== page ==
The first comprehensive political history of the communist party Vanguard of the Revolution is a sweeping history of one of the most significant political institutions of the modern world. The communist party was a revolutionary idea long before its supporters came to power. In this book, A. James McAdams argues that the rise and fall of communism can be understood only by taking into account the origins and evolution of this compelling idea. He shows how the leaders of parties in countries as diverse as the Soviet Union, China, Germany, Yugoslavia, Cuba, and North Korea adapted the original ideas of revolutionaries like Karl Marx and Vladimir Lenin to profoundly different social and cultural settings. Taking readers from the drafting of The Communist Manifesto in the 1840s to the dissolution of the Soviet Union in the early 1990s, McAdams describes the decisive role played by individual rulers in the success of their respective parties--men like Joseph Stalin, Mao Zedong, and Fidel Castro. He demonstrates how these personalities drew on vying conceptions of the party's functions to mesmerize their followers, mobilize their populations, and transform their societies.
He also shows how many of these figures abused these ideas to justify incomprehensible acts of inhumanity. McAdams explains why communist parties lasted as long as they did, and why they either disappeared or ceased to be meaningful institutions by the close of the twentieth century. The first comprehensive political history of the communist party, Vanguard of the Revolution is essential reading for anyone seeking to understand world communism and the captivating idea that gave it life.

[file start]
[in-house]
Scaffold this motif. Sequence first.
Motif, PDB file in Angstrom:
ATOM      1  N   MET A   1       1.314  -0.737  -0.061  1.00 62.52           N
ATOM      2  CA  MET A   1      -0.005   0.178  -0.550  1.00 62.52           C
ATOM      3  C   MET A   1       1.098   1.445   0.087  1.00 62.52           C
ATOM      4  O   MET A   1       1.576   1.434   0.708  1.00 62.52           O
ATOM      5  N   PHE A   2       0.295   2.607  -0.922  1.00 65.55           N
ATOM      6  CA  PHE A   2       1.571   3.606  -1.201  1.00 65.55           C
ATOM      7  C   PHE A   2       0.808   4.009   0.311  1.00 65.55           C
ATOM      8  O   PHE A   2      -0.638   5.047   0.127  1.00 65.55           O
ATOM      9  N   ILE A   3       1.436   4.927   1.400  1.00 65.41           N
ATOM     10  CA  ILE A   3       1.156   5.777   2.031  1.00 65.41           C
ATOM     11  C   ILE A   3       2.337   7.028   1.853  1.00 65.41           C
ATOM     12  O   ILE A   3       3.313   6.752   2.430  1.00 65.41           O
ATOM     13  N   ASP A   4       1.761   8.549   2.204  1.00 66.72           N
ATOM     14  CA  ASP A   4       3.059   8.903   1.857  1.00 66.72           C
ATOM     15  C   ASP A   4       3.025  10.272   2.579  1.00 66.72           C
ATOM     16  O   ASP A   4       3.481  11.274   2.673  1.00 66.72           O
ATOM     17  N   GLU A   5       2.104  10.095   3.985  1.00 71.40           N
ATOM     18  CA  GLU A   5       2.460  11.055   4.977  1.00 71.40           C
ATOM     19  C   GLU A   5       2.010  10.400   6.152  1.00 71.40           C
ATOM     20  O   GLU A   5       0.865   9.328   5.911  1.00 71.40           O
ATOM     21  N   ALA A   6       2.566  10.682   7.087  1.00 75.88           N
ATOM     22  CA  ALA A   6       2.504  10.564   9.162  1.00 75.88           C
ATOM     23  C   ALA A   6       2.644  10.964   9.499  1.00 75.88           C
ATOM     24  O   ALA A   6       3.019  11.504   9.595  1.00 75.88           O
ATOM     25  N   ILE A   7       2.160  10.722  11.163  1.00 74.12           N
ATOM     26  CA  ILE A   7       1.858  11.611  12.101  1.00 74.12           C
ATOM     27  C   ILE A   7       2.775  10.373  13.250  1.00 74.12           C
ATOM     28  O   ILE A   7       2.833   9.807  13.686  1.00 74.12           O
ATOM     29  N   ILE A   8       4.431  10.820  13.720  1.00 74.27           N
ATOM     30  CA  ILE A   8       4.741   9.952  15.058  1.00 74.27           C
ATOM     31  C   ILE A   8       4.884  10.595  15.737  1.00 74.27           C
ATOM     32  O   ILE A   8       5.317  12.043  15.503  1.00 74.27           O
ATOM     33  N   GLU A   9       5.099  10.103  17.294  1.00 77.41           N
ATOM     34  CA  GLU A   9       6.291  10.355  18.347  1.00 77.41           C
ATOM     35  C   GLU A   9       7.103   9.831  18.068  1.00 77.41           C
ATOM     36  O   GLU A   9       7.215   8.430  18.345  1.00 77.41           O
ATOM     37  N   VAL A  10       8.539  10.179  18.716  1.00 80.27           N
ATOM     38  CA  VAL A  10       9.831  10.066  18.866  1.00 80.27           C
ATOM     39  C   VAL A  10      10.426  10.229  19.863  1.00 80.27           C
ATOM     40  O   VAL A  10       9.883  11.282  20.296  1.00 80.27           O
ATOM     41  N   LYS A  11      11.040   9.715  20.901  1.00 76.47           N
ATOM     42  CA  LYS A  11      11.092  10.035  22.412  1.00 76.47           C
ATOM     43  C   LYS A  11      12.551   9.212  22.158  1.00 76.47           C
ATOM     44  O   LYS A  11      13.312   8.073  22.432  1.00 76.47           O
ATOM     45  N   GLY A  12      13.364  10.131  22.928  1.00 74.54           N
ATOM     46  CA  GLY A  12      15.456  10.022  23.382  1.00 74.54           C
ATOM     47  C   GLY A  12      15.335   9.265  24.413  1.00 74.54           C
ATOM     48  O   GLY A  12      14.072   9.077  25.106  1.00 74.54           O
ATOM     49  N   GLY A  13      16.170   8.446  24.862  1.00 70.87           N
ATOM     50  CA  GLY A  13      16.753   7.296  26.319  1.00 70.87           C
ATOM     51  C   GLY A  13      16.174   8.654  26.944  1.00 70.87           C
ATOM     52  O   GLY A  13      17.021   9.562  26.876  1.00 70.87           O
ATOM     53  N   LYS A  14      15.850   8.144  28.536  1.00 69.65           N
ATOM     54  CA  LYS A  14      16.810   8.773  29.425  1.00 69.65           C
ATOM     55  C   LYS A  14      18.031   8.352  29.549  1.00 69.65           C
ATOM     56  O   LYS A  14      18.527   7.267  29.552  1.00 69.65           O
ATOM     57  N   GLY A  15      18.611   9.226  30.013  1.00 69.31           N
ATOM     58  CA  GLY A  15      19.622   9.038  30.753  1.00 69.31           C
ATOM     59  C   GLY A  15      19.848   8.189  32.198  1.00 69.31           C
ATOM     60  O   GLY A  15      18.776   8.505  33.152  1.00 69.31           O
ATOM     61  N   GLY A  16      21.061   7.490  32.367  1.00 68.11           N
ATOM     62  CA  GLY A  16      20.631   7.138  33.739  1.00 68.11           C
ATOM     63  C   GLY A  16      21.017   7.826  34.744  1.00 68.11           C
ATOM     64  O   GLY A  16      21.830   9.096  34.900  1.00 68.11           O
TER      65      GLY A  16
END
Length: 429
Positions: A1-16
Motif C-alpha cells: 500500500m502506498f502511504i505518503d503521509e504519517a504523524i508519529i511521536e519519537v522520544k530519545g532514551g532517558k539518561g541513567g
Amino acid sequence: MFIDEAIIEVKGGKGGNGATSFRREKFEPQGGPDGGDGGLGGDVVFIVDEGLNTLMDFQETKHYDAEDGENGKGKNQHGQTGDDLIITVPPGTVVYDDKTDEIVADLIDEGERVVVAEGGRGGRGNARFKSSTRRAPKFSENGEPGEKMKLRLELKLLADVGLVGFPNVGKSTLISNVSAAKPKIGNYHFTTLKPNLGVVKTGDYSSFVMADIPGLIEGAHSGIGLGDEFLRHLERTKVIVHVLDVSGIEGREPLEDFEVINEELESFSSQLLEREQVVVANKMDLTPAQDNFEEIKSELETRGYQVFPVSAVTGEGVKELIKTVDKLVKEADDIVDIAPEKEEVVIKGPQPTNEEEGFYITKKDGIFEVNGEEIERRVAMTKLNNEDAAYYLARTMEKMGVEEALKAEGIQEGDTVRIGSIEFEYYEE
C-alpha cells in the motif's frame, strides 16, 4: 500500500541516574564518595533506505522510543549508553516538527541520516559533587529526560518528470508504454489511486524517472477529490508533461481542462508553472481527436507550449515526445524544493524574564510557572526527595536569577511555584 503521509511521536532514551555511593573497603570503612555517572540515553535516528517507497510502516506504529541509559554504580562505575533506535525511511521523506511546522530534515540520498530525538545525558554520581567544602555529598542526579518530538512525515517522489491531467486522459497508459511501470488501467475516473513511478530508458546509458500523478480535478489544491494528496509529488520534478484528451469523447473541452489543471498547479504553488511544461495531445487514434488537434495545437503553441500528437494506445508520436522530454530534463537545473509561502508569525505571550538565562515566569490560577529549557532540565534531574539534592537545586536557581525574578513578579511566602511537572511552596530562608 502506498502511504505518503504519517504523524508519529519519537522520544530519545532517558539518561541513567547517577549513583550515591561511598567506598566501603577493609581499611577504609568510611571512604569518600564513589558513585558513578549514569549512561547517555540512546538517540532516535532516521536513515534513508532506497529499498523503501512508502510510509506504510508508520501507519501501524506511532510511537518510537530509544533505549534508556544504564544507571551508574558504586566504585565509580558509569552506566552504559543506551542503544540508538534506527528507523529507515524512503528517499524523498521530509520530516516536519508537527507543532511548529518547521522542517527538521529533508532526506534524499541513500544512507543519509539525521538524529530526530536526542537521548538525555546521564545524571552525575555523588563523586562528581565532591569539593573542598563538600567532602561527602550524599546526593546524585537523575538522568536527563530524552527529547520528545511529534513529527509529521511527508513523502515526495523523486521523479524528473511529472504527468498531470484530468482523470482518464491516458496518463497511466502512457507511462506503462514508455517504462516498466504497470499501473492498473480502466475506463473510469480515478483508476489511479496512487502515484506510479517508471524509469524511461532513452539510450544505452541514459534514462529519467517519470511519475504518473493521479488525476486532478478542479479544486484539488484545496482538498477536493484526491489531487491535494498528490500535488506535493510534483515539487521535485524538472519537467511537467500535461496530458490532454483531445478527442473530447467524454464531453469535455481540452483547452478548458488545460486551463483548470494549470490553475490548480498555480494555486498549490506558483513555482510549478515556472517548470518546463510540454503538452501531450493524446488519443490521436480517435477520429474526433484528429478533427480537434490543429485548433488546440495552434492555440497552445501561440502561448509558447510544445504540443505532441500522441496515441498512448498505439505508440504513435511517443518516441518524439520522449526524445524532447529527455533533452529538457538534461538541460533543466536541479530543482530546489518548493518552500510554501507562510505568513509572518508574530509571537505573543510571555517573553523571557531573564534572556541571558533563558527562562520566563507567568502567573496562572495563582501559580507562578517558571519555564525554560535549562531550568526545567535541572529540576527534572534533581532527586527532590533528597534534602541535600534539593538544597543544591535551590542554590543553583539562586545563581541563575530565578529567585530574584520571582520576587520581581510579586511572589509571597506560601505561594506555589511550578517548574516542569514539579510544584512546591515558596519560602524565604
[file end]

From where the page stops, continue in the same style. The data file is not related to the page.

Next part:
A. James McAdams is the William M. Scholl Professor of International Affairs and director of the Nanovic Institute for European Studies at the University of Notre Dame. His many books include Judging the Past in Unified Germany and Germany Divided: From the Wall to Reunification (Princeton). He lives in South Bend, Indiana.
Preface ixNote xiiiAbbreviations xv1 Introduction 12 A Revolutionary Idea 183 A Revolutionary Party Emerges 594 Internationalizing the Party Idea 1025 Creating the Leninist Party 1416 A Different Type of Party 1837 Monolithic Socialism 2228 Rediscovering the Leninist Idea 2689 The Charismatic Leader and the Party 31010 The Revolution Returns 33711 The Party Comes Back 38012 The Party in Peril 42813 The Party Vanishes 475Photo Credits 501Notes 503Suggested Readings (Books in English)531Index 543